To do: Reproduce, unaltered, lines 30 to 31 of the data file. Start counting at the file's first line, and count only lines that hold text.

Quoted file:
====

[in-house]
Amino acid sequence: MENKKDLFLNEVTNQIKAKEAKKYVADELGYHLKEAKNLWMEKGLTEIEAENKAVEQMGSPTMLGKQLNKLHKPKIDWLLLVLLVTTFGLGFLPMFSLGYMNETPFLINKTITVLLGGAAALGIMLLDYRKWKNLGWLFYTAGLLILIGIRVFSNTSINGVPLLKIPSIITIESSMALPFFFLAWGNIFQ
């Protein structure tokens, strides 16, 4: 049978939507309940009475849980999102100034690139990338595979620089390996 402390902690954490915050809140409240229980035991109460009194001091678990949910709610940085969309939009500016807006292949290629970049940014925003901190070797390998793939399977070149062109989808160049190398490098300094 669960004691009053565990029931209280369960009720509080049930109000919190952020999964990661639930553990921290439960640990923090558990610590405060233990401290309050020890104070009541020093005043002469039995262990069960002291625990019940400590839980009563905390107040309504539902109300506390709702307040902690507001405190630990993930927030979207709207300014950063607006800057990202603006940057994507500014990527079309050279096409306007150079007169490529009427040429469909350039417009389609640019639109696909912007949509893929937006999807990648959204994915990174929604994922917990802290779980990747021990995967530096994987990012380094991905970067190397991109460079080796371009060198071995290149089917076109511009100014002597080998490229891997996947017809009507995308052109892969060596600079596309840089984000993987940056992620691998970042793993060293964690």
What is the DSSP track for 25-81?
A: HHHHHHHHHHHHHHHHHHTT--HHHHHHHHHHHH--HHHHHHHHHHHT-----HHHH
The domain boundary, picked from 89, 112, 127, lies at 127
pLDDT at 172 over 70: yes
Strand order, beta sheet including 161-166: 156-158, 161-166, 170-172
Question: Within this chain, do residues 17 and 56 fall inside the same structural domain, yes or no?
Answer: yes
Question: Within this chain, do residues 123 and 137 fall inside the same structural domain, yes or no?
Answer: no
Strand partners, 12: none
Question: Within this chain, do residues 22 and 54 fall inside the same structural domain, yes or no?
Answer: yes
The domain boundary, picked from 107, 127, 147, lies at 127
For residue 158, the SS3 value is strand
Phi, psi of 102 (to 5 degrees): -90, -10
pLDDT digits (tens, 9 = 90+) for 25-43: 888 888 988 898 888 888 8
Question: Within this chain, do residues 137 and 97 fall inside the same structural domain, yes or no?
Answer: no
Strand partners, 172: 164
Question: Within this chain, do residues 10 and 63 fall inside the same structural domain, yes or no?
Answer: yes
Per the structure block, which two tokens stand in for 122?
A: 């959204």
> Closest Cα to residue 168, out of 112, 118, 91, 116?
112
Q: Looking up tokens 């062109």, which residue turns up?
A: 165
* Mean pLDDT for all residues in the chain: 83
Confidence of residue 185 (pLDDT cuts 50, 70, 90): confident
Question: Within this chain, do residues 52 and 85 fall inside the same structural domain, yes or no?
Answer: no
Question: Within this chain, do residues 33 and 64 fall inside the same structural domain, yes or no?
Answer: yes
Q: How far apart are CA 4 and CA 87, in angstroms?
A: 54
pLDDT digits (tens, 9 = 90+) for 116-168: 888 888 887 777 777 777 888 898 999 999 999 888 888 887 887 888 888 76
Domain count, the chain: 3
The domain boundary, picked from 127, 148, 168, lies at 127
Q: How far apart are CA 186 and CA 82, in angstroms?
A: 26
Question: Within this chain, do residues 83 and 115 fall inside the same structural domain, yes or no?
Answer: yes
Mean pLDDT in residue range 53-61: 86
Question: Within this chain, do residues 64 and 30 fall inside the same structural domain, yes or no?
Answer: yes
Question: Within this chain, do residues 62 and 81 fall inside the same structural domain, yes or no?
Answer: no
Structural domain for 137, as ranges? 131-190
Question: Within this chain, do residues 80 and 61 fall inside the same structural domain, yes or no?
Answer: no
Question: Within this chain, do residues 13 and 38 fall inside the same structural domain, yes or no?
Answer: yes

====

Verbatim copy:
A: 165
* Mean pLDDT for all residues in the chain: 83